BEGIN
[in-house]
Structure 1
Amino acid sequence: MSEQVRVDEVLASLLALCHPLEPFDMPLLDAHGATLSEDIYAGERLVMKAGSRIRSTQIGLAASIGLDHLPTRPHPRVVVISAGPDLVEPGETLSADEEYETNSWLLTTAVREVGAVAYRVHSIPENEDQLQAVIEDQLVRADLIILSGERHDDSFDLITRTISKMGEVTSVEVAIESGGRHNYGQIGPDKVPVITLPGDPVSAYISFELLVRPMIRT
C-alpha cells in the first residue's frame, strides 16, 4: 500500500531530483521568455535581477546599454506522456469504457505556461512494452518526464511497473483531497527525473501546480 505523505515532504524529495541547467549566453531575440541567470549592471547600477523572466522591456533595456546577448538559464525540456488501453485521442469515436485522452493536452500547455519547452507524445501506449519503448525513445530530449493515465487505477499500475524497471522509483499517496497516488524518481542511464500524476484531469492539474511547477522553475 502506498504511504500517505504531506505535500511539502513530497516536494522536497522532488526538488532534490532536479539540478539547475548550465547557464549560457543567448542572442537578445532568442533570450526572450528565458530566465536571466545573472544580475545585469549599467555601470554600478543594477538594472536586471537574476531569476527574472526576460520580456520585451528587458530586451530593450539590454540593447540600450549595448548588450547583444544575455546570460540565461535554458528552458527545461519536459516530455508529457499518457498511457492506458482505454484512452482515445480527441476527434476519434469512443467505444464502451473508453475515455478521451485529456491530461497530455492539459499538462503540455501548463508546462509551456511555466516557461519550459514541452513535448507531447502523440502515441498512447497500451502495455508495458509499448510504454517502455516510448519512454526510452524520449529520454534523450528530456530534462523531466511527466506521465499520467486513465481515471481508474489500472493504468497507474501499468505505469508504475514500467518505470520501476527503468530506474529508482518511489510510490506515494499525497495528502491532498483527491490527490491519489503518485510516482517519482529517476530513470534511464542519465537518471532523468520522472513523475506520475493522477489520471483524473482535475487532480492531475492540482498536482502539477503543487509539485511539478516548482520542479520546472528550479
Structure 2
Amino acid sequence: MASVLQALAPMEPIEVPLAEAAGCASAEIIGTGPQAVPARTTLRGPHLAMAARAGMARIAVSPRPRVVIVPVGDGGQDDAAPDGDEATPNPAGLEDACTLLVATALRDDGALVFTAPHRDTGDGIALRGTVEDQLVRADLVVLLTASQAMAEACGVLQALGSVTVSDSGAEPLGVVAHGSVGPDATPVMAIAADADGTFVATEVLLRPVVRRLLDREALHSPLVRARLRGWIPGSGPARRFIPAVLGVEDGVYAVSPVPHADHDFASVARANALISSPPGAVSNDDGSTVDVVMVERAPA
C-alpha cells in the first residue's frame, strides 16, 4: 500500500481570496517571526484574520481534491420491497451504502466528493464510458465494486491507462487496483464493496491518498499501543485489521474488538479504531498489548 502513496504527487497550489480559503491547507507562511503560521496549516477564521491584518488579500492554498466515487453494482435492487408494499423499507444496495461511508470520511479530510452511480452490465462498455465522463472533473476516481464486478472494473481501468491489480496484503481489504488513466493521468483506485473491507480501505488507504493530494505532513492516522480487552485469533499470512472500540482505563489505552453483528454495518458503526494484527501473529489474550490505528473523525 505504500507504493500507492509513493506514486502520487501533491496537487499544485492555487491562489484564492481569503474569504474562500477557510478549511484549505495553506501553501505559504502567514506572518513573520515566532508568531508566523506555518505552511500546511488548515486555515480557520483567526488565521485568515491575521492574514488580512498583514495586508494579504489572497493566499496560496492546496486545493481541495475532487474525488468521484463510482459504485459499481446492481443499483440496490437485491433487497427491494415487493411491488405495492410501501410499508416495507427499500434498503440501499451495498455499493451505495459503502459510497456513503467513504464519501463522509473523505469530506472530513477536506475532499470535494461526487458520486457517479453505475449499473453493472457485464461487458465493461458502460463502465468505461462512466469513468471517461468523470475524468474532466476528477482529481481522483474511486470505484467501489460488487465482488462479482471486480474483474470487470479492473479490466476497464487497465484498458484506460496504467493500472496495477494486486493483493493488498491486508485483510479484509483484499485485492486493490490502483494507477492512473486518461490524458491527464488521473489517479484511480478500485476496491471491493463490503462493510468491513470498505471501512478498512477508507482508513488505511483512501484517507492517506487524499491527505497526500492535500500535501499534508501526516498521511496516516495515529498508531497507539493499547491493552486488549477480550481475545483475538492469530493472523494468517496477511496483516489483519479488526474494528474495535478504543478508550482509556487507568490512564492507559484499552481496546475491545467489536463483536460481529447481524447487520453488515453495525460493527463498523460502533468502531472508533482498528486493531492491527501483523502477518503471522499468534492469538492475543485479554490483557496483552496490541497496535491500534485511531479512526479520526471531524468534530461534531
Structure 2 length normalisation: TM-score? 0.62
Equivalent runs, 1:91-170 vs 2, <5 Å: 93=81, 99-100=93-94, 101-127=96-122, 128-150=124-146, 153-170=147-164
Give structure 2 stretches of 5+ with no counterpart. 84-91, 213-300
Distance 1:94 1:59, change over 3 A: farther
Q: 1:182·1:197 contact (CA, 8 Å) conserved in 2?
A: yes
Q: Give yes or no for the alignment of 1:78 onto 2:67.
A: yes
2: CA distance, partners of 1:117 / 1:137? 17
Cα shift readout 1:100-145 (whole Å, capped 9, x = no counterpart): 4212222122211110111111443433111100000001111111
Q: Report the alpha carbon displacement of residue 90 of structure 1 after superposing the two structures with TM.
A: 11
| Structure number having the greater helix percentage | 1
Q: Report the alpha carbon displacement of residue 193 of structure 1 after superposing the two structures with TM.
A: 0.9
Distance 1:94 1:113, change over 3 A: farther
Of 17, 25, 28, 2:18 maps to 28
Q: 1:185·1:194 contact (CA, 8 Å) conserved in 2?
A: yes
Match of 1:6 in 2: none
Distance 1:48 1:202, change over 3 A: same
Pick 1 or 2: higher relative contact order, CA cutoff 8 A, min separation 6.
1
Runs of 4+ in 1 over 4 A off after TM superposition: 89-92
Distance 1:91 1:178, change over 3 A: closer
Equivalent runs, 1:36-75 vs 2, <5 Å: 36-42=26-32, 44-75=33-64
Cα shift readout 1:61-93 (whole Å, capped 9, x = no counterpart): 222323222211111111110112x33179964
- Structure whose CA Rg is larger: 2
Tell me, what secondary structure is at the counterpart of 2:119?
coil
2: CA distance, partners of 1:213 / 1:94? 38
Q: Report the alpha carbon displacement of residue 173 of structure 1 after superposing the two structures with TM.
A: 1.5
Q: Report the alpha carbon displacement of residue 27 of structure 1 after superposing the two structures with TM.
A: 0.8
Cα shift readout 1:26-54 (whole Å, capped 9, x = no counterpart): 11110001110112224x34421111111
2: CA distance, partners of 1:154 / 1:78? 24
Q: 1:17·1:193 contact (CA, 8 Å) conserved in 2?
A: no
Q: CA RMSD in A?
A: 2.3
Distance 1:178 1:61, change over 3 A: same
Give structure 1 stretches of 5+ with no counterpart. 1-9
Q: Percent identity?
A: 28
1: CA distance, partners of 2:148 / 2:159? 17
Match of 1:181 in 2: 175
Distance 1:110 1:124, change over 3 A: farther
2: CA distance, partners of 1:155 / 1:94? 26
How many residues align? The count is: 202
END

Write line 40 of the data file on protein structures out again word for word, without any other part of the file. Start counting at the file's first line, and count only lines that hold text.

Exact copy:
A: 1.5